The correct answer is why do I need perfume? The woman chooses the
perfume that turns her on, it has no good effect on men.
As for 18, I know the rule but I don't watch football and I don't care
what the results are or if Chelsea are going to win.
Real men don't give a toss what a group of "experts" come up with either.
In any case, those are all a single question: "Gives a shit about about
And where's Rugby in that quiz? Not that it would have made any difference
to my score, but my late dad - a real man if ever there was one - was a
complete fanatic and regarded football as a "game for pouffs". Mind you, I
imagine the authors of this quiz would have instantly used that particular
criterion to flag him as 'not a real man'...
That is total bollocks written by someone who hasn't lived. Here's a
If you can keep your head when all about you
Are losing theirs and blaming it on you,
If you can trust yourself when all men doubt you,
But make allowance for their doubting too;
If you can wait and not be tired by waiting,
Or being lied about, don’t deal in lies,
Or being hated, don’t give way to hating,
And yet don’t look too good, nor talk too wise:
If you can dream—and not make dreams your master;
If you can think—and not make thoughts your aim;
If you can meet with Triumph and Disaster
And treat those two impostors just the same;
If you can bear to hear the truth you’ve spoken
Twisted by knaves to make a trap for fools,
Or watch the things you gave your life to, broken,
And stoop and build ’em up with worn-out tools:
If you can make one heap of all your winnings
And risk it on one turn of pitch-and-toss,
And lose, and start again at your beginnings
And never breathe a word about your loss;
If you can force your heart and nerve and sinew
To serve your turn long after they are gone,
And so hold on when there is nothing in you
Except the Will which says to them: ‘Hold on!’
If you can talk with crowds and keep your virtue,
Or walk with Kings—nor lose the common touch,
If neither foes nor loving friends can hurt you,
If all men count with you, but none too much;
If you can fill the unforgiving minute
With sixty seconds’ worth of distance run,
Yours is the Earth and everything that’s in it,
And—which is more—you’ll be a Man, my son!
Written by Rudyard Kipling in 1895. Hardly new stuff.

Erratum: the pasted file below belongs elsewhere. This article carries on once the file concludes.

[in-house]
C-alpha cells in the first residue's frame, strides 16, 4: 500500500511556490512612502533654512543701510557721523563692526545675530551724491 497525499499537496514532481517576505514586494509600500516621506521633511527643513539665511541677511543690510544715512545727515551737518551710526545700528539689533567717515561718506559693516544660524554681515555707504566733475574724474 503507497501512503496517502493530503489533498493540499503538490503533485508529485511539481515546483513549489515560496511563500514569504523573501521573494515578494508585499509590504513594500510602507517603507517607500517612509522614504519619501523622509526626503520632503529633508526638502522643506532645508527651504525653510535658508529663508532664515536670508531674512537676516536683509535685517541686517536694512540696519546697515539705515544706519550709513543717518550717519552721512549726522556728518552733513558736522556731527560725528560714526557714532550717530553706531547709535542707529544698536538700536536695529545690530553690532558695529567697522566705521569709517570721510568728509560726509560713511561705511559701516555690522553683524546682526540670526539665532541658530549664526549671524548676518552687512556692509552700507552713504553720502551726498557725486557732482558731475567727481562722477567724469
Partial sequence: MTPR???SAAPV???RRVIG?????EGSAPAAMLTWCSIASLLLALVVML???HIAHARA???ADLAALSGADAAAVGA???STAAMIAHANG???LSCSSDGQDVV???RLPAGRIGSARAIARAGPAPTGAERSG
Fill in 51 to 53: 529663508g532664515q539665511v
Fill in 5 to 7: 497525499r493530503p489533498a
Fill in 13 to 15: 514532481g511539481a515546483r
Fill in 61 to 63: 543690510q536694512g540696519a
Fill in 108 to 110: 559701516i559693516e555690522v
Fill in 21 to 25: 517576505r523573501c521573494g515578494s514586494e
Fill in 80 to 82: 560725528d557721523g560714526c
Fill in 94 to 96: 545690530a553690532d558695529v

Except, perhaps, to Torygraph journalists.
 See mum! My O-level in English Literature *is* of use!
Dennis Davis < email@example.com>
Afraid not. I don't have O-level English Literature and I knew what
And I prefer Robert Heinlein's definition;
A human being should be able to change a diaper, plan an invasion,
butcher a hog, conn a ship, design a building, write a sonnet, balance
accounts, build a wall, set a bone, comfort the dying, take orders, give
orders, cooperate, act alone, solve equations, analyze a new problem,
pitch manure, program a computer, cook a tasty meal, fight efficiently,
die gallantly. Specialization is for insects.
Today is Setting Orange, the 45th day of Chaos in the YOLD 3181
I don't have an attitude problem. If you have a problem with my attitude,
Of course it's Rudyard Kipling. Everyone knows that! And why does it
need to be new when it concerns the eternal verities?
And I'd guess that Telegraph journalists are quite well educated, unlike
some I could mention.
There was a moment where I though SWMBO was going to score better than
me on that list since she claims to understand the offside rule. However
on closer interrogation it seems she did not know about the need to fill
the new oil filter prior to fitting when changing the oil ;-)
It is a wise precaution, as it avoids oil starvation at start-up.
In the ones I know, you poured it into the central hole in the thread,
put your finger over that as you brought the cartridge into position,
then quickly removed it as you lined the thread up with the hole in the
engine block. A bit of oil would escape, but most of it would stay
inside the cartridge.
They haven't used cartridges like that for years AFAIK. They are all in
one things that screw onto the filter mount these days.
In fact they were like that when I used to service my own more than
thirty years ago. You used to bash a screwdriver through them to get
them off if you didn't have a suitable strap wrench. You could screw
them on by hand.
That was an all-in-one unit that screwed into the mount. In fact, the
only difference I can see from the images I've checked on line is that
the hole is more likely to be in the cartridge than in the engine block.
You would just need to be a bit quicker at fitting the cartridge if you
can't block the hole with your finger.
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